DEL PERCIO: No, I would not go that far. Yes, it was very disappointing to hear him go after the FBI and Comey, but as far as unhinged, I think that's irresponsible. I think we see a different person than what we all knew 20, 25 years ago.

CAMEROTA: I mean, look, Chris has pointed out, he used the term stormtroopers for the raid on Michael Cohen's office and apartment. And Michael Cohen has said, no, they were quite respectful.

And so, what's Giuliani doing there?

DEL PERCIO: Again, I think he's moved into the Trump model which is exactly what you don't want from someone who's your spokesperson. You're supposed to compliment and temper them, not do -- not play into their worst attributes.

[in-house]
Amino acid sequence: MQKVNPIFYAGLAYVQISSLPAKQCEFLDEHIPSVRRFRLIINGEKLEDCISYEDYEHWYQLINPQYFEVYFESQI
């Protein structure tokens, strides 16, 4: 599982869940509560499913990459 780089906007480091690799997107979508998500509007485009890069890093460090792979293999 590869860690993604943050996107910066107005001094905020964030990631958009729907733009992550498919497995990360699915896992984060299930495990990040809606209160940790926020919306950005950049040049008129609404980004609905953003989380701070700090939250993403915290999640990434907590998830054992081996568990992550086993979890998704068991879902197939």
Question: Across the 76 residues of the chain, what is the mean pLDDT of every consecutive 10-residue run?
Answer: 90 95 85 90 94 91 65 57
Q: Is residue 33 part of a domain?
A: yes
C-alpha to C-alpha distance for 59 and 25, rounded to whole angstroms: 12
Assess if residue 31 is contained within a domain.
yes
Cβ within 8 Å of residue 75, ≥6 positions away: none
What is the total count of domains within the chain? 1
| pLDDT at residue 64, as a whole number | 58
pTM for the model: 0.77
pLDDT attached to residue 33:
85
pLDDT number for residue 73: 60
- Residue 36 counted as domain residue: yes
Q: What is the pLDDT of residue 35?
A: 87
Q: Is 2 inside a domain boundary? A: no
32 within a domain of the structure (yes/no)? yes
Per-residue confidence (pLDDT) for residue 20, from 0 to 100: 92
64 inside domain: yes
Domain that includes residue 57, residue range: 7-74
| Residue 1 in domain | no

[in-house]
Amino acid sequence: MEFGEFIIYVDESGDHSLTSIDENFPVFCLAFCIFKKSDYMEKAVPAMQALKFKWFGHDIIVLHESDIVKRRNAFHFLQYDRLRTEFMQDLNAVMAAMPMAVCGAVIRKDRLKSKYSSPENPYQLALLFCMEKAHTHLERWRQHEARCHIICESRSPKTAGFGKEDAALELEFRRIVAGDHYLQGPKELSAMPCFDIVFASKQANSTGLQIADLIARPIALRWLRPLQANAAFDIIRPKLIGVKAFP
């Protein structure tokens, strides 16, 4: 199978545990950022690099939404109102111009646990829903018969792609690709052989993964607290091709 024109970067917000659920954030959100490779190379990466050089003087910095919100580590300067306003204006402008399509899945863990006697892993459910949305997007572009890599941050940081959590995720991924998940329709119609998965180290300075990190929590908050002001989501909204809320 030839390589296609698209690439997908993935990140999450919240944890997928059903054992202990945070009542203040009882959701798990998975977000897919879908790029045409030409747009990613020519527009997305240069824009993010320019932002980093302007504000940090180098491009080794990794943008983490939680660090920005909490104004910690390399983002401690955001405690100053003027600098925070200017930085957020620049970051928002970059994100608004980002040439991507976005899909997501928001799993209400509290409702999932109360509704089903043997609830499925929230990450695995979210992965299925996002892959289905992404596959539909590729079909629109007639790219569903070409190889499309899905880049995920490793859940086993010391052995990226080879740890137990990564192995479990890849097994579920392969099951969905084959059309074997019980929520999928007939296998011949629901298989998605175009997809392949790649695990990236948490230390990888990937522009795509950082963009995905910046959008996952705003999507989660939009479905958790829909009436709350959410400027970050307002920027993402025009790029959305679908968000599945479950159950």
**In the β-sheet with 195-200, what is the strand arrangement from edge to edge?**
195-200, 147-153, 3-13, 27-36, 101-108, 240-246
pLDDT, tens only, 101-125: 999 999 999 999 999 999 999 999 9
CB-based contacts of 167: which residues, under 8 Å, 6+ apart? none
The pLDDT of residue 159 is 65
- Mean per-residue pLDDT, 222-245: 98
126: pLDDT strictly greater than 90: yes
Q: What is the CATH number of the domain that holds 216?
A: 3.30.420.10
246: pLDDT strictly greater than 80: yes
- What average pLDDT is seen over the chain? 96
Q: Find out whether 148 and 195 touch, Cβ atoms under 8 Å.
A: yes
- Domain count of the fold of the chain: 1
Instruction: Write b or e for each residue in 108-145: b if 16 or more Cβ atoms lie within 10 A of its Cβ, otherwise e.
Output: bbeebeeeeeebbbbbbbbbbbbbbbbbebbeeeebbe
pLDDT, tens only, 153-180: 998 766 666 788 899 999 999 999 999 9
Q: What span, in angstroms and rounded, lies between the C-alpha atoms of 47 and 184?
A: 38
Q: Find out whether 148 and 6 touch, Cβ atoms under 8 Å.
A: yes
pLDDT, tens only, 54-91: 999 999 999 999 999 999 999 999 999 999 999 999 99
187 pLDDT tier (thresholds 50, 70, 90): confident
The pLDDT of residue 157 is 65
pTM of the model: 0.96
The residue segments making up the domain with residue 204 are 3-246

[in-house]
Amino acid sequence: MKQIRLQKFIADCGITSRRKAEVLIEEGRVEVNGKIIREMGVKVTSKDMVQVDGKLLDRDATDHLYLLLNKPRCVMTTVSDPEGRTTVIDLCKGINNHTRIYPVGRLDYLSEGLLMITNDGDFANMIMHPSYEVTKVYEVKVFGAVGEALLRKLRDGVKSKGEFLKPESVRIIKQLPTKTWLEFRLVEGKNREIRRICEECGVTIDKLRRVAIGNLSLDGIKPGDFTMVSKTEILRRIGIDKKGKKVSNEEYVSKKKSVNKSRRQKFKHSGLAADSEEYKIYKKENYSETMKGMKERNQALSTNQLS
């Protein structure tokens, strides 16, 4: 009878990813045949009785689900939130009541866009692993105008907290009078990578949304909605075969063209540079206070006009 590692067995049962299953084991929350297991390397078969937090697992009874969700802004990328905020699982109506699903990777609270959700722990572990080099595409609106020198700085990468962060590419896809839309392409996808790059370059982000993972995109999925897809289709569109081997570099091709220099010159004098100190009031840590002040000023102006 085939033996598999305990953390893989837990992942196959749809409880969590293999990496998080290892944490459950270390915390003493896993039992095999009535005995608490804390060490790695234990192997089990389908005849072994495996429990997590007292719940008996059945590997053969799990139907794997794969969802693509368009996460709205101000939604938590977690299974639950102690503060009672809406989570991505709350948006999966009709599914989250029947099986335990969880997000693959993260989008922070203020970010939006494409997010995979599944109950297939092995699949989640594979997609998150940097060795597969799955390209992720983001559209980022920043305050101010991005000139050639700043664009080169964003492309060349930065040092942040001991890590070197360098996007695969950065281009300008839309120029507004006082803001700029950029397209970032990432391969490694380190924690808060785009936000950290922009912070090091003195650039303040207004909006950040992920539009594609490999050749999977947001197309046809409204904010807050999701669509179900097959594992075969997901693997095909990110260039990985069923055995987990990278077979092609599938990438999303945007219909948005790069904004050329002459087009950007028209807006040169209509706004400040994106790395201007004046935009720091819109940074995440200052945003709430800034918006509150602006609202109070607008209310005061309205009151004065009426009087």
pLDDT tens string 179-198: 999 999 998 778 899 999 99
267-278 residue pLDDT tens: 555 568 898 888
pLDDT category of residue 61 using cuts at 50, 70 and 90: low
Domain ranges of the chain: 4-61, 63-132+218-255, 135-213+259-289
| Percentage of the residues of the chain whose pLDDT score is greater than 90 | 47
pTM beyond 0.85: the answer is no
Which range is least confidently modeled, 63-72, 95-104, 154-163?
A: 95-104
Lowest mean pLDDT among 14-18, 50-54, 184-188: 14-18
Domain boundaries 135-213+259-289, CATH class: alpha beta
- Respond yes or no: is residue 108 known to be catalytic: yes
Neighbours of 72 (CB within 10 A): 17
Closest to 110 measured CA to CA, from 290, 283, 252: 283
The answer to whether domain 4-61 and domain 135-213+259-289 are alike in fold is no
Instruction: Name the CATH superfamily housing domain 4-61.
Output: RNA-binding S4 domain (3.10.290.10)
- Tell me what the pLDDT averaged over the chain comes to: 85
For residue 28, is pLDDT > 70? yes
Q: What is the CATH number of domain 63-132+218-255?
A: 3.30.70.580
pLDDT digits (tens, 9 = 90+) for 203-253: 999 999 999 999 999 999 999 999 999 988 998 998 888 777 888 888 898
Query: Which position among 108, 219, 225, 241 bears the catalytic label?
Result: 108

CAMEROTA: You know, for those of us who were not New Yorkers but who watched Rudy Giuliani evolve into America's mayor after 9/11, he was such a voice of -- he was a cool headed voice during that, you know, horrible time, he was a voice of reason, he was a voice of compassion, he was comforting to listen to.

And so, what do you think this new chapter does for that legacy?

DEL PERCIO: Let me just also add, after he left office, he would endorse candidates but he would not go negative against candidates, for a couple of years, because he didn't want to take that vein after serving the role he did as America's mayor.

CAMEROTA: Meaning what, he didn't want to taint his own reputation with negativity?

DEL PERCIO: Yes, he just didn't want to go down that road. He was not about attacking someone else, so what we see now so many years later -- it is jarring. It's just not the leader that I know and it's almost as if he's willing to disregard his legacy as mayor, which is so much more important in my mind in the things that he was able to achieve and we still see in New York, like low crime. That is because of Mayor Giuliani. CAMEROTA: But why is he changed? Why is he doing this?